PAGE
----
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The Space Tower, Blackpool
Blackpool Pleasure Beach, Blackpool, Lancashire, UK
associated engineer
Intamin AG
date  September 1974 - May 1975
era  Modern  |  category  Amusement Structure  |  reference  SD305330
ICE reference number  HEW 1737
A gyro observation tower originally erected at Blackpool Pleasure Beach, the Space Tower was some 48m high and a landmark in the seaside resort. In 1993, it was moved down the coast to Morecambe Frontierland and renamed the 'Polo Tower' after its sponsor. It was demolished in 2004.
The cylindrical tower was founded on a reinforced concrete base, 10m in diameter and 3.5m deep. This foundation was designed to counteract wind loadings of up to 20 tonnes horizontally and a 500 tonne-m bending moment, and a total vertical of structure plus passengers of 70 tonnes.
The tower itself was constructed of riveted steel tubes, 2m in diameter. Four vertical guides and external lifting cables raised and lowered the observation passenger car, which slowly rotated as it moved to the top and revolved a few times before descending. The lift motor room was 4.3m high and located at the top of the tower, with a flagpole and an anemometer above.
The Space Tower took just nine months to construct and was opened by the Mayor of Blackpool. Passengers entered at ground level through a 'base station' that encircled the foot of the tower, designed by Building Design Partnership, who also put together a time capsule of contemporary artefacts that was laid in the foundation in September 1974.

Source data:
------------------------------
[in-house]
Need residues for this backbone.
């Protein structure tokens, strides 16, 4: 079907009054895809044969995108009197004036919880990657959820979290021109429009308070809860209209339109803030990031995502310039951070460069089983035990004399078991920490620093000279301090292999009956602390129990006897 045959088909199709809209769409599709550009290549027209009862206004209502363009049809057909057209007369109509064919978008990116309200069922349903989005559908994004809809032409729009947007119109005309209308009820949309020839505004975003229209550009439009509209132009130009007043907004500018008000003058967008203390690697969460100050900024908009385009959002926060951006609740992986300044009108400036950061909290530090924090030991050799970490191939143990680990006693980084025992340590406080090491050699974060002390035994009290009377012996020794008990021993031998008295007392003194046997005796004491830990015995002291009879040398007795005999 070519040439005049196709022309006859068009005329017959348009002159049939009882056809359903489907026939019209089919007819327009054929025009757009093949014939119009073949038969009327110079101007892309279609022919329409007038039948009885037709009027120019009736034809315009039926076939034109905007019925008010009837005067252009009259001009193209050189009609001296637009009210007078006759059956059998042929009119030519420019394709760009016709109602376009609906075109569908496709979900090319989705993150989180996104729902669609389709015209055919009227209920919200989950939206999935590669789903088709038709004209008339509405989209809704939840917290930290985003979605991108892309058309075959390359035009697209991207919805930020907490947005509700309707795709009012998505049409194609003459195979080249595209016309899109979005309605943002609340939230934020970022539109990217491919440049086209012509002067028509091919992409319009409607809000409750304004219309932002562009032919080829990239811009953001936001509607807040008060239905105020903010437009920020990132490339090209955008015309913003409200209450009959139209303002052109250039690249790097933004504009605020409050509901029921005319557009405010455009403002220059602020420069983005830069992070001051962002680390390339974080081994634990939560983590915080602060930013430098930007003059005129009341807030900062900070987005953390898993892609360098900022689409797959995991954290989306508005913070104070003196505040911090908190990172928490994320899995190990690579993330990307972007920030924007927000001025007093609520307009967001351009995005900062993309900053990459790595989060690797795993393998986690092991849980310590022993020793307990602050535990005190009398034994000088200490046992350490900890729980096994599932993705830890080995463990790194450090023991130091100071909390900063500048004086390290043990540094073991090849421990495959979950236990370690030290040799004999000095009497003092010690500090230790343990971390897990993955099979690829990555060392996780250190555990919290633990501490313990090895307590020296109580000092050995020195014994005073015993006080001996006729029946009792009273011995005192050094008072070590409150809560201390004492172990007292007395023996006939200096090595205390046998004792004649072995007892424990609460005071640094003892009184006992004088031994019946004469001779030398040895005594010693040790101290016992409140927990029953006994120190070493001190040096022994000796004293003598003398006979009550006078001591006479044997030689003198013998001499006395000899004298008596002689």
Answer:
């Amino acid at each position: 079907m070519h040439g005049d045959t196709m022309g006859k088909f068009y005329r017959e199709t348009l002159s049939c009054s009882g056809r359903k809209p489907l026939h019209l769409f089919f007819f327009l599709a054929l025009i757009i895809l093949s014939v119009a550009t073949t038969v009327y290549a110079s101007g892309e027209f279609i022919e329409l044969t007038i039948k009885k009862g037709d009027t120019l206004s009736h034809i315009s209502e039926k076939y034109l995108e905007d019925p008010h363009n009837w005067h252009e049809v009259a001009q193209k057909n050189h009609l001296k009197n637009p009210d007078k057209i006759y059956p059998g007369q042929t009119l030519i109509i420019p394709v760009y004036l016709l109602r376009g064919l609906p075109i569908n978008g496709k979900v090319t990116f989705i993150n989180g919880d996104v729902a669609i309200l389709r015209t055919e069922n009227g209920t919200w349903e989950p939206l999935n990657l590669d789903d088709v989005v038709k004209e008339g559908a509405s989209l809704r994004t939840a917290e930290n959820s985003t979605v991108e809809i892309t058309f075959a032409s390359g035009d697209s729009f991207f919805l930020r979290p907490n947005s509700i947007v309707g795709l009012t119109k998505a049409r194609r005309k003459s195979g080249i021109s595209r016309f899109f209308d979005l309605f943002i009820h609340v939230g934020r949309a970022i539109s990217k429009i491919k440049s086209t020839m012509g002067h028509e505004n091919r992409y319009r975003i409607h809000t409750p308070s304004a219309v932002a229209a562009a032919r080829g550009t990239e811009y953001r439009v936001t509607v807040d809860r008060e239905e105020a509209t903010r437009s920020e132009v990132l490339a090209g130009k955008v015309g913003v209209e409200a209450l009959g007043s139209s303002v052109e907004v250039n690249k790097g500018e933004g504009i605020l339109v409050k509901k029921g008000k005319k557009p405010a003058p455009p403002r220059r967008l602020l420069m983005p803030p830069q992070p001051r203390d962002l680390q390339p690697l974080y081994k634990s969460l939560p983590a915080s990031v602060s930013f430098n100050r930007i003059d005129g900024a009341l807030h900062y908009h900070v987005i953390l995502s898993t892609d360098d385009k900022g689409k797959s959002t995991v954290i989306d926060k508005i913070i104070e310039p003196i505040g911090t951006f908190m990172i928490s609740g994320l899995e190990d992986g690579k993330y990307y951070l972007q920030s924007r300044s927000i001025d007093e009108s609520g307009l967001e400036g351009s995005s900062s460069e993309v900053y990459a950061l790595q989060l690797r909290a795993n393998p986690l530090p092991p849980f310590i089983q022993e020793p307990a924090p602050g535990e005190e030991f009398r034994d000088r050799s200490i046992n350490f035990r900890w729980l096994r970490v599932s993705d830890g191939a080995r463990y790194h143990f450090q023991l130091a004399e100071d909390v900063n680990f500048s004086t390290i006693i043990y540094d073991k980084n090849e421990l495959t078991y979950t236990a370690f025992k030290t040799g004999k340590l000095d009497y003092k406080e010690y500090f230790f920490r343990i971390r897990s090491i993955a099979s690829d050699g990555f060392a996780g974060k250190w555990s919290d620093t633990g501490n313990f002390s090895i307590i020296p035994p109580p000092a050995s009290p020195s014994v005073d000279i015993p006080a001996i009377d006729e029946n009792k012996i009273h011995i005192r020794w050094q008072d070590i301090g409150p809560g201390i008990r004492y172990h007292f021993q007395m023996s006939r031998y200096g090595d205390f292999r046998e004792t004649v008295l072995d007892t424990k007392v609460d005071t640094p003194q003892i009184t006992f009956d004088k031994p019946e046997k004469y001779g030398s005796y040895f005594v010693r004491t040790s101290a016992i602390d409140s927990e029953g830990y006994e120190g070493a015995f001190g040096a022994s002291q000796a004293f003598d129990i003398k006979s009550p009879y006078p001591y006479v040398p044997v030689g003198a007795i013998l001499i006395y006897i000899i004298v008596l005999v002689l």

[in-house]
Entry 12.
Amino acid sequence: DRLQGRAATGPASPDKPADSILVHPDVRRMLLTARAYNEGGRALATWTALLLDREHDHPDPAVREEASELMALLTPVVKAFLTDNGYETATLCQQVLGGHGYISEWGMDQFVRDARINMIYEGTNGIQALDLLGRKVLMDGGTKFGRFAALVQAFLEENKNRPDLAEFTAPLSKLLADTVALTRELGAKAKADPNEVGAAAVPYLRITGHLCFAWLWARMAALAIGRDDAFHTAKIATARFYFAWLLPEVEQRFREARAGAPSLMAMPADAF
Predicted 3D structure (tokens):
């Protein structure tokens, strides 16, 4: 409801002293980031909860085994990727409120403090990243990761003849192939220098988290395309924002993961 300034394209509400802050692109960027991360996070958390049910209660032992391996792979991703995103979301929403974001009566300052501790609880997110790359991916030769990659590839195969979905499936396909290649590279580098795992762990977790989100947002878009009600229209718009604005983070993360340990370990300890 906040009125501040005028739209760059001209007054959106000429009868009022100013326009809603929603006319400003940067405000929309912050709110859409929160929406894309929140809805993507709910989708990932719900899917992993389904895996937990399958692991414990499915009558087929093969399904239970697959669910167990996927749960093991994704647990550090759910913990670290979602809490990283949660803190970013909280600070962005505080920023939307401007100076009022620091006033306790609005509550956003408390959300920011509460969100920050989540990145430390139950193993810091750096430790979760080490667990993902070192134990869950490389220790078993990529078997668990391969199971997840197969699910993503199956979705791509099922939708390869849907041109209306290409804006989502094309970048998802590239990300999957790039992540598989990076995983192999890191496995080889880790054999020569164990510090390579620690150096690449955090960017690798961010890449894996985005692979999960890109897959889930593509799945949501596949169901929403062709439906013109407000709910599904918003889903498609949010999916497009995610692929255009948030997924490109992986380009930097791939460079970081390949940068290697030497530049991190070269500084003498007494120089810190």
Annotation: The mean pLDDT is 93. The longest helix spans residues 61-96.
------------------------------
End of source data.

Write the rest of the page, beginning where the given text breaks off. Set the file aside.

The annular observation car was 8.4m in diameter overall, tapering somewhat on the lower end to improve groundwards visibility for the passengers, who were seated facing outwards. A guided commentary played throughout the ride. The exit route led directly to an amusement arcade (designed by Thomas Blackburn & Sons) that straddled Watson Road on a bridge deck.
The superstructure, observation car and machinery were all designed by the Swiss firm Intamin AG. The project was commissioned by Blackpool Pleasure Beach Ltd and constructed using direct labour.
In 1993, the company decided to move the Space Tower to its other amusement park, Morecambe Frontierland, to make way for a new rollercoaster, Pepsi Max The Big One. In Morecambe, it received a new colour scheme and new name.
Along with most installations at Morecambe, the tower fell into disuse at the beginning of the 2000s. It is scheduled for demolition but was still standing in 2016.
Research: PD, ECPK
"The Blackpool Pleasure Beach Story" by S. Palmer, Blackpool Pleasure Beach, Blackpool
reference sources   CEH North

The Space Tower, Blackpool